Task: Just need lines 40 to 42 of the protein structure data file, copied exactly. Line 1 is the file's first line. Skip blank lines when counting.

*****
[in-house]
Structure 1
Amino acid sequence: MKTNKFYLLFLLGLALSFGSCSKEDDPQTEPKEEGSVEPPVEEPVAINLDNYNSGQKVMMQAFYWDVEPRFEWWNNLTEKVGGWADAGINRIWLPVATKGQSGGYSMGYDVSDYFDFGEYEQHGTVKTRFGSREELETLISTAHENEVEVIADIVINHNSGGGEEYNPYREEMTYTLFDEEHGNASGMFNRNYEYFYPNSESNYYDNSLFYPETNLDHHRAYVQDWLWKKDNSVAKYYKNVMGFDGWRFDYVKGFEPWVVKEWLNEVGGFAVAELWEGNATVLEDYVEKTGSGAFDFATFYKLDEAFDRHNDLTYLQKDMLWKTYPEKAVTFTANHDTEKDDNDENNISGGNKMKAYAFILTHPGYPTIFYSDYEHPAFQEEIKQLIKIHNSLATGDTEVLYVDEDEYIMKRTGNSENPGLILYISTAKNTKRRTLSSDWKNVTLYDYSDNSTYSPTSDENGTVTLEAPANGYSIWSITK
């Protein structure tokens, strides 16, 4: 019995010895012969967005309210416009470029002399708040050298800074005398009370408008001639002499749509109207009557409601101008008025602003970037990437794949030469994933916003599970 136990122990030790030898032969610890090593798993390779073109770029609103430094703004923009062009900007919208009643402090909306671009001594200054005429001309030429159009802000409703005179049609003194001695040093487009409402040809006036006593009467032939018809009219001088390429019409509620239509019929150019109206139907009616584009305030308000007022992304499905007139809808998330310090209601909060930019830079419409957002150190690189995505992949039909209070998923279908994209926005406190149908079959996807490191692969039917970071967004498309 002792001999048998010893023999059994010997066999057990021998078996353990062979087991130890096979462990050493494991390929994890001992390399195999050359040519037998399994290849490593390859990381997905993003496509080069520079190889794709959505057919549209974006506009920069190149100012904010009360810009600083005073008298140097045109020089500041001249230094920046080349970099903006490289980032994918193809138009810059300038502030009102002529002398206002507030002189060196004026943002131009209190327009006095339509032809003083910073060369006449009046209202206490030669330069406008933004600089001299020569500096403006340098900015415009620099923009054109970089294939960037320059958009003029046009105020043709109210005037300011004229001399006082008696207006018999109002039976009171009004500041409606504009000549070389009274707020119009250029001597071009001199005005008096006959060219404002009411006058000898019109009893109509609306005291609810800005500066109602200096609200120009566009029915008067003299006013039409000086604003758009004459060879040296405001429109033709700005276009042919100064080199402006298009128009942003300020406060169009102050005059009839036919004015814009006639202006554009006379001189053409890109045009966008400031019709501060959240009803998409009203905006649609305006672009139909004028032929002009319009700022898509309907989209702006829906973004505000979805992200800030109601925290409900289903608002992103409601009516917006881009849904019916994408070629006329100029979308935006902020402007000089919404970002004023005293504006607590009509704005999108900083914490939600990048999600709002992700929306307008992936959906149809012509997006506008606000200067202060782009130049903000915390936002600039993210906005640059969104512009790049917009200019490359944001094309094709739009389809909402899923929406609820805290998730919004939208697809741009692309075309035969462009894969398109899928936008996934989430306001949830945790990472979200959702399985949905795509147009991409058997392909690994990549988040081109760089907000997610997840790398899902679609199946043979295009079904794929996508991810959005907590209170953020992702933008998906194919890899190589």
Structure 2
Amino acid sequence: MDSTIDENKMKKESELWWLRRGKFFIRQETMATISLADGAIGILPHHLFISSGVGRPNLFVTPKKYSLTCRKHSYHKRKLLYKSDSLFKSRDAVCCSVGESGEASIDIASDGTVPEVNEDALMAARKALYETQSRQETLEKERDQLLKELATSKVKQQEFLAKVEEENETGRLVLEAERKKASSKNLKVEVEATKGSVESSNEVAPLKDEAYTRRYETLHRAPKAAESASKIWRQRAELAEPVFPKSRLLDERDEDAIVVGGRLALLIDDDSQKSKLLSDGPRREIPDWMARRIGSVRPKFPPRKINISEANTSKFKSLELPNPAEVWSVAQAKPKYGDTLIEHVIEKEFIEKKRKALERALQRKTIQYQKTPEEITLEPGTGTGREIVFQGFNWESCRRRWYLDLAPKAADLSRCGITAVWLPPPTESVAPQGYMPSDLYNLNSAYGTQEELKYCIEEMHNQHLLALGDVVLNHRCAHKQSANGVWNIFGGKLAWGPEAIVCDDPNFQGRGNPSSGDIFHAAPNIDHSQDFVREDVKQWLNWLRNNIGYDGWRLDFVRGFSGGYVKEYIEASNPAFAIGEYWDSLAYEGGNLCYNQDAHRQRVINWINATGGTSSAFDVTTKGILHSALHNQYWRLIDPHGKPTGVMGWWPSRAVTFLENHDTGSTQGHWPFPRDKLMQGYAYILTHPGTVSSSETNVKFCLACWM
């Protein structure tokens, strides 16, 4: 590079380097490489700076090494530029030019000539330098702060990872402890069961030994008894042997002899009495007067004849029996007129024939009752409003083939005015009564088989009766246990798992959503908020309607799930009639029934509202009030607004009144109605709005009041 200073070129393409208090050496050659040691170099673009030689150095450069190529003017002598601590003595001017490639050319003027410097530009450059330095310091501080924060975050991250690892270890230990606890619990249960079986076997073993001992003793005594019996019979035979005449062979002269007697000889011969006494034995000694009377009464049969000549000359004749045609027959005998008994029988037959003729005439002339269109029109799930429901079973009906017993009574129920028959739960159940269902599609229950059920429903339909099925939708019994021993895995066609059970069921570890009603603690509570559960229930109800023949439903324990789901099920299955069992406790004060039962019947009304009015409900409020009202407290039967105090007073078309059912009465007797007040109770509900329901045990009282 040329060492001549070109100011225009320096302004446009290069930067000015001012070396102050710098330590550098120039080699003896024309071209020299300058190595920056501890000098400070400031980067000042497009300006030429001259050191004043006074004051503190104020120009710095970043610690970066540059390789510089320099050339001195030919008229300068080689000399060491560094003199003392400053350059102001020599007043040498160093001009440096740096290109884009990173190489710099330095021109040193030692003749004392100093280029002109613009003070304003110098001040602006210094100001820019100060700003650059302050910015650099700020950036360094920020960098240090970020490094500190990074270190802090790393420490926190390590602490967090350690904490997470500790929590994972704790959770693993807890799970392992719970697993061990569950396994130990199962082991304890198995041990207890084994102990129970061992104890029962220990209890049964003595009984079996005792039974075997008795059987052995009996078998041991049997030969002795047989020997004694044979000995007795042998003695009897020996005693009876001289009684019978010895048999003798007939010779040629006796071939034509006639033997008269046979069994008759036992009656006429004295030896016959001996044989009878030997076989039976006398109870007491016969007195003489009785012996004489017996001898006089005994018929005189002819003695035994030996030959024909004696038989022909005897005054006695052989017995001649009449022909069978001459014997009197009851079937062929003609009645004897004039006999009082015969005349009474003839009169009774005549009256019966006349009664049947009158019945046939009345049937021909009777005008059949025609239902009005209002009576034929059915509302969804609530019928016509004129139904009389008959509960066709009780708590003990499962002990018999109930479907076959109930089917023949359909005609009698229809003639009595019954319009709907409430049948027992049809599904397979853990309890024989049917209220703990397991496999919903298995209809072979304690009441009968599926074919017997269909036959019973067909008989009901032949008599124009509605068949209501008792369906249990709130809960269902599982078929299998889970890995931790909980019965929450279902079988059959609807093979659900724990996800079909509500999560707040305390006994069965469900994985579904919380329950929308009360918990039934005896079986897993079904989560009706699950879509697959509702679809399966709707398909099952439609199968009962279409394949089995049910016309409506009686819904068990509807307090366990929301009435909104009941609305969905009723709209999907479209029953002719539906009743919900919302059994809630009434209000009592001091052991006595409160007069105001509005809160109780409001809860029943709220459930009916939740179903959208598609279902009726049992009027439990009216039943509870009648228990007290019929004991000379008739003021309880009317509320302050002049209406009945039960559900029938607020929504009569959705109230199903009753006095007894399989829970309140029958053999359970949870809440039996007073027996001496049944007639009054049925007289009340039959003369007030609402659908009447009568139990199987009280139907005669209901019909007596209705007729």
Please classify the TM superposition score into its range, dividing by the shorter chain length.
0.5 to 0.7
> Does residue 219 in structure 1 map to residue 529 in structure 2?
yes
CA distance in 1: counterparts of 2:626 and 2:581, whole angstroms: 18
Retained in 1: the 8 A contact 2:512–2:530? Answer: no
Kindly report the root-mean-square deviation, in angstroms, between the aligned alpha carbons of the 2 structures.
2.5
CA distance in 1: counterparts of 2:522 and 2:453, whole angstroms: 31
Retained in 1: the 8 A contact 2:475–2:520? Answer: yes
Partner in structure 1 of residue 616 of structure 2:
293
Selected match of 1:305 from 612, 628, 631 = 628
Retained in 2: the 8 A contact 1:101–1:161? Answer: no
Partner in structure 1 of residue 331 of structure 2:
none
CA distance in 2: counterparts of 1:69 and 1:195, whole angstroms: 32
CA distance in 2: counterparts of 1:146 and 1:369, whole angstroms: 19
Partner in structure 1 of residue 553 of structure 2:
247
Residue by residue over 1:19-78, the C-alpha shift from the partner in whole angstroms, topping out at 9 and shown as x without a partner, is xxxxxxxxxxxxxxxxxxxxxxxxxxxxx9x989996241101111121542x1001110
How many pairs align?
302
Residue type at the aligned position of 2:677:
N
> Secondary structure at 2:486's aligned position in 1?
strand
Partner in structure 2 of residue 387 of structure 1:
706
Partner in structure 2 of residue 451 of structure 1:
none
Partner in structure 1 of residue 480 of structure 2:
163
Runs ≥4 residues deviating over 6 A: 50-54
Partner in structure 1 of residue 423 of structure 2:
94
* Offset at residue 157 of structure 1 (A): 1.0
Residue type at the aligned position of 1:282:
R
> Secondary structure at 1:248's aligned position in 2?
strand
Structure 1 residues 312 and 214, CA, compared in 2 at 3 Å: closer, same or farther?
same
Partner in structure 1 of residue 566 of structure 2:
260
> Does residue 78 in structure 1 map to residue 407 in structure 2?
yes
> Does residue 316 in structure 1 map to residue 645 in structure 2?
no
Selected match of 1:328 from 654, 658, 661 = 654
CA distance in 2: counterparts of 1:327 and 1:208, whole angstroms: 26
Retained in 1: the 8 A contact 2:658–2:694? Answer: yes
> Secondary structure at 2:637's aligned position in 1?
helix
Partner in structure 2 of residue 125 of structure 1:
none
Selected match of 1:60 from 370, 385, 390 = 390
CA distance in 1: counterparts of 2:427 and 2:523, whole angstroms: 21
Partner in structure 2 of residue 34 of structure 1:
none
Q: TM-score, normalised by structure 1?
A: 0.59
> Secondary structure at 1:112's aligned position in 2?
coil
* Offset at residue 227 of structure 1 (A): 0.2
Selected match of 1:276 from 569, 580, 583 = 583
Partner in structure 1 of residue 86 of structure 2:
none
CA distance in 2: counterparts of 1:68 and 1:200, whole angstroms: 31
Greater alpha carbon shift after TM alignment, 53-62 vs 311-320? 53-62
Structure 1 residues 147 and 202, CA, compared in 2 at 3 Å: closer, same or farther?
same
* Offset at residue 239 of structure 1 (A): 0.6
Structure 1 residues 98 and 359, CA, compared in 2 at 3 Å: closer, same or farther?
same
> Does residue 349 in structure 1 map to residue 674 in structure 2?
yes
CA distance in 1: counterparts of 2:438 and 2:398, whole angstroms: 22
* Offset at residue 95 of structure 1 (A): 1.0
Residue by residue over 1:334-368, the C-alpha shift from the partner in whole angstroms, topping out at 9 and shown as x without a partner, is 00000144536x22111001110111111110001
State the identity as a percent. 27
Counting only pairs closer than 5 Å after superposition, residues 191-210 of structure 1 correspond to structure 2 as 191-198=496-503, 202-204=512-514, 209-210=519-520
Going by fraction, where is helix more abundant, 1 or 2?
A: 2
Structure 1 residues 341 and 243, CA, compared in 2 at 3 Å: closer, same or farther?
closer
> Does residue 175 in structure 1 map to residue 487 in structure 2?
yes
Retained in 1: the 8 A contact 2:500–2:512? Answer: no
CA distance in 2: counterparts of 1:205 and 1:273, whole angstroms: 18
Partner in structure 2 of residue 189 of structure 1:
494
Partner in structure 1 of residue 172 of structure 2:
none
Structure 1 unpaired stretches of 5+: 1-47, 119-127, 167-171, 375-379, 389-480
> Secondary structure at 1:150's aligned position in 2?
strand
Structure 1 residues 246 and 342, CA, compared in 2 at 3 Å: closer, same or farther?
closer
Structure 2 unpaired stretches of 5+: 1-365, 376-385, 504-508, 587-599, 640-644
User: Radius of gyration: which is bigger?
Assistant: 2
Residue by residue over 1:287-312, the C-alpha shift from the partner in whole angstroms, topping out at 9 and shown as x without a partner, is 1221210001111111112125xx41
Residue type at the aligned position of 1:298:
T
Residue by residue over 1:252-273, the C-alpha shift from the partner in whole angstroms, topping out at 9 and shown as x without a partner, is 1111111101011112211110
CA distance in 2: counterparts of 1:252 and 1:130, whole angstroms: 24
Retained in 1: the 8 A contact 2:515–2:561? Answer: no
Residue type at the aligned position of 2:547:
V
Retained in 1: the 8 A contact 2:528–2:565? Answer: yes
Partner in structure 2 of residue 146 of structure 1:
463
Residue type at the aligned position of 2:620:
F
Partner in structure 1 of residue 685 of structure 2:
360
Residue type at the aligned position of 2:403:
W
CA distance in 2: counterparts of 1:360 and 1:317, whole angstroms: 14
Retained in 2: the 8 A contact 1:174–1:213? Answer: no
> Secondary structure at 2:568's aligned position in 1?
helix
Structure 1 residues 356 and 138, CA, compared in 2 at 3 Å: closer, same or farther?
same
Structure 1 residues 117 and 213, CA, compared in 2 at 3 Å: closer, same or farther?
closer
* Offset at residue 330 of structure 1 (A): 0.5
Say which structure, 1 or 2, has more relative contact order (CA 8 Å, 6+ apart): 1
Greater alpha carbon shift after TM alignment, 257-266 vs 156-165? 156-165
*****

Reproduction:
163
Runs ≥4 residues deviating over 6 A: 50-54
Partner in structure 1 of residue 423 of structure 2: